Station #3: Connect
A third station at West River Boulevard and 38th Street would offer the casual user a place to check-in. This station is halfway between the falls and the next river stop at Lake Street. As I mentioned, it’s not unusual to see casual users venture this far north. And there’s Mississippi Gorge Regional Park, which would be a great place to stop and explore, if only the casual visitor knew it existed. (See marketing idea above.)
The real reason for this third station is to grow the travel shed for the 38th Street Blue Line LRT station and support Nice Ride use along this corridor. There is a Nice Ride station at 38th Street and 42nd Avenue, which is a good solution to a tough problem: integrating bike-share into a neighborhood of single-family homes where there is nothing to stop residents from using a car for every trip. 38th and 42nd is a commercial area in the Howe neighborhood featuring a movie theater, a nursery, a clinic, a restaurant and a café. It’s a neighborhood location, but it attracts people, including those who might come from outside the neighborhood – hey, it’s not everywhere that you can see a movie for $3.
This station could help people living east of 42nd Avenue more easily use the light rail. Right now, it’s a long walk or a bus trip to reach the Blue Line from the east side of Howe. A marketing effort in partnership between Nice Ride and MetroTransit could help encourage the bike-to-light-rail habit. For example, maybe users get a free 30 minutes of Nice Ride when they buy a single-use transit ticket. If the 30 minutes were good for 2.5 hours from time of purchase, as transit tickets are, it makes even more sense to combine bike and transit trips. Maybe everyone within the catchment areas for these stations should be sent a mailing at the beginning of the season letting them know about the stations in the neighborhood? And a free 24-hour pass wouldn’t hurt either.
On-the-street outreach outside stations might help in the beginning to raise awareness about Nice Ride among people who stand to benefit the most. Strong communication and outreach would be needed to help transit users adopt new habits.
Separate but related, a station at 46th Street and 46th Avenue could also make it easier to use Nice Ride to reach the Blue line. This station could be right in front of a multifamily dwelling, and across the street from another. There is also a bus stop at this intersection where the 23, 46, 74 and 84 all stop. Bus riders who work at the Minnesota VA home could use Nice Ride for the last leg of their journey if there were a station at Wabun Picnic area. A marketing effort undertaken in partnership with the VA home could support the idea, especially if the VA home could identify employees who take transit and Nice Ride could offer a free trial membership. Maybe employees who get to wear scrubs at work face fewer barriers to using bicycle transportation, not that you work up much of a sweat in an half mile.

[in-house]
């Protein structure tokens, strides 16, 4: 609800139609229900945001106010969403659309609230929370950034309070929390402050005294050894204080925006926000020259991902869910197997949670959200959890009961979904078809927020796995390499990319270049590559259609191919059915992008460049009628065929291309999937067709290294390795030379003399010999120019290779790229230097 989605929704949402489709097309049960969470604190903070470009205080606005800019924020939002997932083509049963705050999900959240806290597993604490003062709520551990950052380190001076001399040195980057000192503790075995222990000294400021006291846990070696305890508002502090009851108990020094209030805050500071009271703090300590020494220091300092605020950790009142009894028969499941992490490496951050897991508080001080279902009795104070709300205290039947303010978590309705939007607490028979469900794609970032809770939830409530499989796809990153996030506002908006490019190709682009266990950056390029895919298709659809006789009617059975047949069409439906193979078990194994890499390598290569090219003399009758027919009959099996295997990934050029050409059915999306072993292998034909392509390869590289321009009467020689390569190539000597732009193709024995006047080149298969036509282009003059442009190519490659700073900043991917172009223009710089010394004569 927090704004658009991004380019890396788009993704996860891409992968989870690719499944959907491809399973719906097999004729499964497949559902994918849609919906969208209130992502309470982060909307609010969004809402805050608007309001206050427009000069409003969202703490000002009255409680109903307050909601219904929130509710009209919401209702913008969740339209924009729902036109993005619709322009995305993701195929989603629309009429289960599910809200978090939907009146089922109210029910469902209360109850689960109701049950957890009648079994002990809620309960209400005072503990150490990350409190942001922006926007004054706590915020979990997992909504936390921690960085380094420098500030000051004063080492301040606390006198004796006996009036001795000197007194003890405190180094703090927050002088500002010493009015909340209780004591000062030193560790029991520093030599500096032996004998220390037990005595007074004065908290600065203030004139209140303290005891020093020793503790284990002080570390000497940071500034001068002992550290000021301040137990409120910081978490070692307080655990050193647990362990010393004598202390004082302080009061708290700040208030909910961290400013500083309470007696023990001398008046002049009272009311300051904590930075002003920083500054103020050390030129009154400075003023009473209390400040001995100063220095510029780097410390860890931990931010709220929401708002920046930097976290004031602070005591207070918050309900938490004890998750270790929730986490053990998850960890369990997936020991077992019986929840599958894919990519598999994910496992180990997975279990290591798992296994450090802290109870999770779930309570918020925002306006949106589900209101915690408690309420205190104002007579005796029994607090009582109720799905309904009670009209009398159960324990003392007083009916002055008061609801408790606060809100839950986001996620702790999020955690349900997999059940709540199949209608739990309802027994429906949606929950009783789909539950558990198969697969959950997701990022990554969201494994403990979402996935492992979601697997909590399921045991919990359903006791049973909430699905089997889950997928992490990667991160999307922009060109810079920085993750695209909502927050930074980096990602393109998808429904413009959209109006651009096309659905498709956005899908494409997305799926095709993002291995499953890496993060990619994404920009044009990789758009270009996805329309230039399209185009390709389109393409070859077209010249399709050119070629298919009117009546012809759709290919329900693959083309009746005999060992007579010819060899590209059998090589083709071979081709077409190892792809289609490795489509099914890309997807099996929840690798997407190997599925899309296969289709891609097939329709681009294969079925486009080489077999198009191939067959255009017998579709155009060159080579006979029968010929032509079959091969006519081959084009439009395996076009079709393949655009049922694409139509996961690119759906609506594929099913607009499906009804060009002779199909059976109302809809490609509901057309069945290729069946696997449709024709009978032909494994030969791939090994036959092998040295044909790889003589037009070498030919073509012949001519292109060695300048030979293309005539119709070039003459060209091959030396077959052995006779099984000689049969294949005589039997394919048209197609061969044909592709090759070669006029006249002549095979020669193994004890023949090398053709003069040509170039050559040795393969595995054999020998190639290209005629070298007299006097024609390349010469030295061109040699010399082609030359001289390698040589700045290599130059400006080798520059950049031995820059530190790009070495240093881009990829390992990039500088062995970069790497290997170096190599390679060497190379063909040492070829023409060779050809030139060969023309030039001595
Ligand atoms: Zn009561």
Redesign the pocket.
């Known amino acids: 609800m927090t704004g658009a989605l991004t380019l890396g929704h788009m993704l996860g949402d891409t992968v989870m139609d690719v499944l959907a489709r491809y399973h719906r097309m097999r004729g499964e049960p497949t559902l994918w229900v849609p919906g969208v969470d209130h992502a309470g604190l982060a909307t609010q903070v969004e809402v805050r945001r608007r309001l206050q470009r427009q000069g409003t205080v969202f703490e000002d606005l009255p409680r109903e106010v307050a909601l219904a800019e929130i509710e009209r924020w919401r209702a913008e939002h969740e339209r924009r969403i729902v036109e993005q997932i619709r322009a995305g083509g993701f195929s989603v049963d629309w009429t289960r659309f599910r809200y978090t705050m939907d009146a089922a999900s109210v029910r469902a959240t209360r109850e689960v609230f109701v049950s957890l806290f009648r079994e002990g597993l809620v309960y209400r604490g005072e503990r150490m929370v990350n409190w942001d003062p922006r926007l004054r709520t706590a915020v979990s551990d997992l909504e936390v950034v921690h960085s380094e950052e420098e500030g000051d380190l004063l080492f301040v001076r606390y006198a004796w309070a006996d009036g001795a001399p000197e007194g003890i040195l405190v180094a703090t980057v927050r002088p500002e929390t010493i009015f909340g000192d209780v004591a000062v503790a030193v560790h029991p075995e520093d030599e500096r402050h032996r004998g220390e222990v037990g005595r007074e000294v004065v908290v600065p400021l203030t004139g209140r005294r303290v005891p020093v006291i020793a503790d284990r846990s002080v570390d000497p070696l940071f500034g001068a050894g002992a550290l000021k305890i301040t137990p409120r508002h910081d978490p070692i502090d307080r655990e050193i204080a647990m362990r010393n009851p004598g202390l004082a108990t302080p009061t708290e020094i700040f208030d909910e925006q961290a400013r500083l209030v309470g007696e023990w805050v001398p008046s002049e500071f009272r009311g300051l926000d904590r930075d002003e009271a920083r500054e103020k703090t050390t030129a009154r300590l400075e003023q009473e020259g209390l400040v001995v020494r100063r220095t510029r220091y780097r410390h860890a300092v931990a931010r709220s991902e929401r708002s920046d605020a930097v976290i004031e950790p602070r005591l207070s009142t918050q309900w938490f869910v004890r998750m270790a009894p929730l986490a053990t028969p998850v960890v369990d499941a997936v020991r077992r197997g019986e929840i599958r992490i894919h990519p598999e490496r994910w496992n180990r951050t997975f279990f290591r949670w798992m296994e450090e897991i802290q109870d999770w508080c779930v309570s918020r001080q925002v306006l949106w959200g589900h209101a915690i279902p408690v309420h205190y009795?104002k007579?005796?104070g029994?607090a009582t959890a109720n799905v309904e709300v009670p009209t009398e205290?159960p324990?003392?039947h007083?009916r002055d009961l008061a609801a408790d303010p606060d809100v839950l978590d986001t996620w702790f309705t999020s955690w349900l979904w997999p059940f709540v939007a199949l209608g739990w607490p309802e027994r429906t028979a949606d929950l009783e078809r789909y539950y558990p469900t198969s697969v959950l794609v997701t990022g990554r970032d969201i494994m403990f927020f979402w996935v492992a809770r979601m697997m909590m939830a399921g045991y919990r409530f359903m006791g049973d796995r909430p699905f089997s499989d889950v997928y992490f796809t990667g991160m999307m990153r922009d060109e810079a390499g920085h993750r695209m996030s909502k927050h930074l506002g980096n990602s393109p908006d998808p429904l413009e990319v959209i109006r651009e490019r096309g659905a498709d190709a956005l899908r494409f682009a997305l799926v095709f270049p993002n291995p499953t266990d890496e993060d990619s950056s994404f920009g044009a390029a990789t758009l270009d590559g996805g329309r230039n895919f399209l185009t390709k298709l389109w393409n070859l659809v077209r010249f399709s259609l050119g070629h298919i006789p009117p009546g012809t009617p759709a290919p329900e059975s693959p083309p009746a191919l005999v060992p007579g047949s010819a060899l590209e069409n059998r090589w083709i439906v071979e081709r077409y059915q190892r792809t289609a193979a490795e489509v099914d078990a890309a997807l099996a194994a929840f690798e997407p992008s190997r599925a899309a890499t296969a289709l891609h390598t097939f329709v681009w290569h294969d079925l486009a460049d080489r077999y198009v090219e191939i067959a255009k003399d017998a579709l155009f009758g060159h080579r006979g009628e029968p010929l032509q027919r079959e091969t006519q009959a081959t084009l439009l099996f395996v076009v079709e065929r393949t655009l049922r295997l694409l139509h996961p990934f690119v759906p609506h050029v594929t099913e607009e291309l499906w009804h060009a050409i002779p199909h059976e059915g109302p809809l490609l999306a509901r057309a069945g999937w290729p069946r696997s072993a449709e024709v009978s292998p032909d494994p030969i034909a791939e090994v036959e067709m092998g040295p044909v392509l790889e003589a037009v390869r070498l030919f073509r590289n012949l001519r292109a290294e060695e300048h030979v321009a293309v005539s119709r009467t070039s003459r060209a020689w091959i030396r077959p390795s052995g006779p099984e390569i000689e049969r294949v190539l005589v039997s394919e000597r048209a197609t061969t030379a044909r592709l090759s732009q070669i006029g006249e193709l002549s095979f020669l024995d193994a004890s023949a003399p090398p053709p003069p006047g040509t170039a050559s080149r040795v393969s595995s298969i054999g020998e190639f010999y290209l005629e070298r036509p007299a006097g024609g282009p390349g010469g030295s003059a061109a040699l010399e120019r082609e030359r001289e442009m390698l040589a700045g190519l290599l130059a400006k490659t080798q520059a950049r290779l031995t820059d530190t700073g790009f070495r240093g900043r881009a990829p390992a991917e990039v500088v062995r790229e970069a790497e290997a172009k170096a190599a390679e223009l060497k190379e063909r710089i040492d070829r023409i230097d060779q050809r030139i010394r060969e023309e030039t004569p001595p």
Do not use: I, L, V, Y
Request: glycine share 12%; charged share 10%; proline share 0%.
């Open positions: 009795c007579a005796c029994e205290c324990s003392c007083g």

What about equity?
Finally, there are opportunities to use Nice Ride to address economic disparities in this wedge of the city. For example, Minnehaha Avenue is being reconstructed from 46th Street to Lake Street and buffered bike lanes are being added. There are multi-family dwellings clustered along this street and there is a large shopping area directly north at Hiawatha and Lake. In the future, especially if Hiawatha and Lake is reconstructed, it could be much safer and easier to reach Target, Cub and other retailers by bike.
This may seem a pretty underwhelming proposal, but in the short-term it could bring in revenue from casual users. The revenue could be used to prop up nearby stations that serve a utilitarian function, but might not pay off immediately. In the longer-term, this little chain of stations should be laying the foundation to increase the utilitarian function of Nice Ride in a part of the city where mode share should be higher.
Here’s the big picture I have in mind: a wedge of the city where the bicycle is the priority mode and car traffic is routed around the neighborhoods to streets designed for high volumes like Lake, Hiawatha and Franklin. Lake and Franklin have high-capacity protected bike lanes so people on bikes can access the retail and transit connections available. Traffic along the river is decreased and maybe West River Parkway becomes a place for bikes, and the current trail a place for pedestrians. I imagine less traffic in Hiawatha, Howe, Longfellow, Cooper and Seward, which would mean that bicycling could become the safest and most convenient way to make everyday trips to destinations inside the neighborhood, like school and shopping.
(Stay tuned for Part II later this week. We know people don’t spend all their time in their own neighborhoods, so keep reading to understand how the utilitarian function of Nice Ride could be increased in the next five years.)